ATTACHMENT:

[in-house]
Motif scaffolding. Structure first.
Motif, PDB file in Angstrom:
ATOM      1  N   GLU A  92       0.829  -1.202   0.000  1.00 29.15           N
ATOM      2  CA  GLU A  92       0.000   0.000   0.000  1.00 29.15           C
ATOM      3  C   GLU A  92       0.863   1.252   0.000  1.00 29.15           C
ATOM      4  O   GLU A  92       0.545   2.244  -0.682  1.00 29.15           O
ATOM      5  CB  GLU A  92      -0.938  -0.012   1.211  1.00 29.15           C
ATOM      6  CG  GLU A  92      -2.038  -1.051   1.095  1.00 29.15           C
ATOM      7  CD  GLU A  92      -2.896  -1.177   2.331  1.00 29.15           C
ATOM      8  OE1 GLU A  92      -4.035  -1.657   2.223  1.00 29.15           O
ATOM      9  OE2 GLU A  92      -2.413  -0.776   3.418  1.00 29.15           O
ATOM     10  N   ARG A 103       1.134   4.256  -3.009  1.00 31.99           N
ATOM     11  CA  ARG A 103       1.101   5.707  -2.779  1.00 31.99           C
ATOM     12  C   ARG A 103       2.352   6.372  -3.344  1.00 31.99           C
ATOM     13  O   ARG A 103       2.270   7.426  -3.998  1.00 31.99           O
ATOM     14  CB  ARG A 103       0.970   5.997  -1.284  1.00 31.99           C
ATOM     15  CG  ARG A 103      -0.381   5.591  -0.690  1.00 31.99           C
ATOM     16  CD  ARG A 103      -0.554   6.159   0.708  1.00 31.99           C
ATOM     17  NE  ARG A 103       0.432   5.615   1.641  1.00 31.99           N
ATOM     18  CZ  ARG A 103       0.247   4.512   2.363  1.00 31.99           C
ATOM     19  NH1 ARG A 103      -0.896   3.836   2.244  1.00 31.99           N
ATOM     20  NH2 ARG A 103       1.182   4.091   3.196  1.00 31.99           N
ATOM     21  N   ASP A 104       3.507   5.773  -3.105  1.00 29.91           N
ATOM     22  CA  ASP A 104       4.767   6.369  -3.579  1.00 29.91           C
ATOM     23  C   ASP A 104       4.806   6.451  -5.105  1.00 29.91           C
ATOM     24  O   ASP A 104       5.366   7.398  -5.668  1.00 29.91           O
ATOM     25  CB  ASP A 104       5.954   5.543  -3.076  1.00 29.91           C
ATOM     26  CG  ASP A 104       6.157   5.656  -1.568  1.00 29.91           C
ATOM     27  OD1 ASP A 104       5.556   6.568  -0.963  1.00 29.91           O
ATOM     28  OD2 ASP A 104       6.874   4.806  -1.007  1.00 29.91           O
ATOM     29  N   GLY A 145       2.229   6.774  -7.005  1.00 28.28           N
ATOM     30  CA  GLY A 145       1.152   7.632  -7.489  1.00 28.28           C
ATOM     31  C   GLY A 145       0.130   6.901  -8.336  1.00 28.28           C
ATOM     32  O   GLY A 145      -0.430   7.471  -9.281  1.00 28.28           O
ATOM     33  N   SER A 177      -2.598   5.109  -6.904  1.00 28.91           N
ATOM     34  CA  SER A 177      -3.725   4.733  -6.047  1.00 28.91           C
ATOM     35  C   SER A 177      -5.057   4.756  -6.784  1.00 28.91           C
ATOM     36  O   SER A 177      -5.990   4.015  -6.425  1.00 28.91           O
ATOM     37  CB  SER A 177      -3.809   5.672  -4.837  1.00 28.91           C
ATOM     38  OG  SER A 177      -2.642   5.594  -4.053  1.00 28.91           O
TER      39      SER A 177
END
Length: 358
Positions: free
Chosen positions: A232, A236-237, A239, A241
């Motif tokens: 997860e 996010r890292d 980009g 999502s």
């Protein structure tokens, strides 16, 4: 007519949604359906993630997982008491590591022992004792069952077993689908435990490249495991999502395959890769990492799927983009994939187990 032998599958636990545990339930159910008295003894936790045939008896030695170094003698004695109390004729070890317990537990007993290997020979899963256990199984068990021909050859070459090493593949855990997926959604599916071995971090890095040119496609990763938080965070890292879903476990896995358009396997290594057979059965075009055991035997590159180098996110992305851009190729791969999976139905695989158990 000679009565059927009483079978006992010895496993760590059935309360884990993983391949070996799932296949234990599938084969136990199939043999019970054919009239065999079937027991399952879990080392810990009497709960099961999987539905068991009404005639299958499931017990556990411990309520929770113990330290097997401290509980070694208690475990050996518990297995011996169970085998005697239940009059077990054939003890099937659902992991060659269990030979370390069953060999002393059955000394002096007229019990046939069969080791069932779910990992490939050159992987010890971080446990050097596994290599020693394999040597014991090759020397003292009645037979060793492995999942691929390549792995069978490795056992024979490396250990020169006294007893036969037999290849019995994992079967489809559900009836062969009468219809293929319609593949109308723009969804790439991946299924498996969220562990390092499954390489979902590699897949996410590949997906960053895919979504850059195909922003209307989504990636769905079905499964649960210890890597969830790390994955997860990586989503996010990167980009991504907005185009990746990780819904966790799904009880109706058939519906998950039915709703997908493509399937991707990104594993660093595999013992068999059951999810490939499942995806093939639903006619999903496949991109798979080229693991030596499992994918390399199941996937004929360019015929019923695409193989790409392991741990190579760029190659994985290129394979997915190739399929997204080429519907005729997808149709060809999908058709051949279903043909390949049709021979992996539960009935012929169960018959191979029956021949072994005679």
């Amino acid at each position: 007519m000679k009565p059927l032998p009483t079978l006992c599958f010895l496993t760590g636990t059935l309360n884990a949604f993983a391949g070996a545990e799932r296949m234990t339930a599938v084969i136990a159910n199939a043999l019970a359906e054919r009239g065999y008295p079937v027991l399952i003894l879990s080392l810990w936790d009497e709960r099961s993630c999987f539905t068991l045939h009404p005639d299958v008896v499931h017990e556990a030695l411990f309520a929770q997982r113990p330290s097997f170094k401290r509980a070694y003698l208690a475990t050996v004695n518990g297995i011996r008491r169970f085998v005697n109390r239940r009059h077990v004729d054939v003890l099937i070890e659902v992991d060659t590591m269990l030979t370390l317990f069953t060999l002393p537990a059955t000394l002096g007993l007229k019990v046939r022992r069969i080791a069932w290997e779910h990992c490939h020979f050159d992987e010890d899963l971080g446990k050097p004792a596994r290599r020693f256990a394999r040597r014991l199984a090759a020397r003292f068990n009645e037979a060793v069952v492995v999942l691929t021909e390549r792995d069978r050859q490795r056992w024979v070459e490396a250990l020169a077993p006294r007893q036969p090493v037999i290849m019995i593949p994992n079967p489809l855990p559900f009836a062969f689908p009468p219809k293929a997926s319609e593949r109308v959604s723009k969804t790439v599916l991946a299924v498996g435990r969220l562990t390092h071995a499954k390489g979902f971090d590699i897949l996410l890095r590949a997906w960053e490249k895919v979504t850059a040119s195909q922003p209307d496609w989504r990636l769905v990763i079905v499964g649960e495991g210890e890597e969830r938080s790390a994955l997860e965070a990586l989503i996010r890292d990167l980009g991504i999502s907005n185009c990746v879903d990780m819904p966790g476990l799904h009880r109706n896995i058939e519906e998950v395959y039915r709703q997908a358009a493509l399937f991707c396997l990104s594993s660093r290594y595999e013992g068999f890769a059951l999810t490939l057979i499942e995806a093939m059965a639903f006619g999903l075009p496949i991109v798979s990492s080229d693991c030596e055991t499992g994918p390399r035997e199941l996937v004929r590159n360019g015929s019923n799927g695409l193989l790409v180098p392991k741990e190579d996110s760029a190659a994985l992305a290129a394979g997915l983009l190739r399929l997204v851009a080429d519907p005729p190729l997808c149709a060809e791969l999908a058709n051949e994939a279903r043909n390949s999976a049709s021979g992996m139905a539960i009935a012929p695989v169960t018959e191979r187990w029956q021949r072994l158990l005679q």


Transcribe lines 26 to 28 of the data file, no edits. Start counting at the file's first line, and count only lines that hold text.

ATOM     23  C   ASP A 104       4.806   6.451  -5.105  1.00 29.91           C
ATOM     24  O   ASP A 104       5.366   7.398  -5.668  1.00 29.91           O
ATOM     25  CB  ASP A 104       5.954   5.543  -3.076  1.00 29.91           C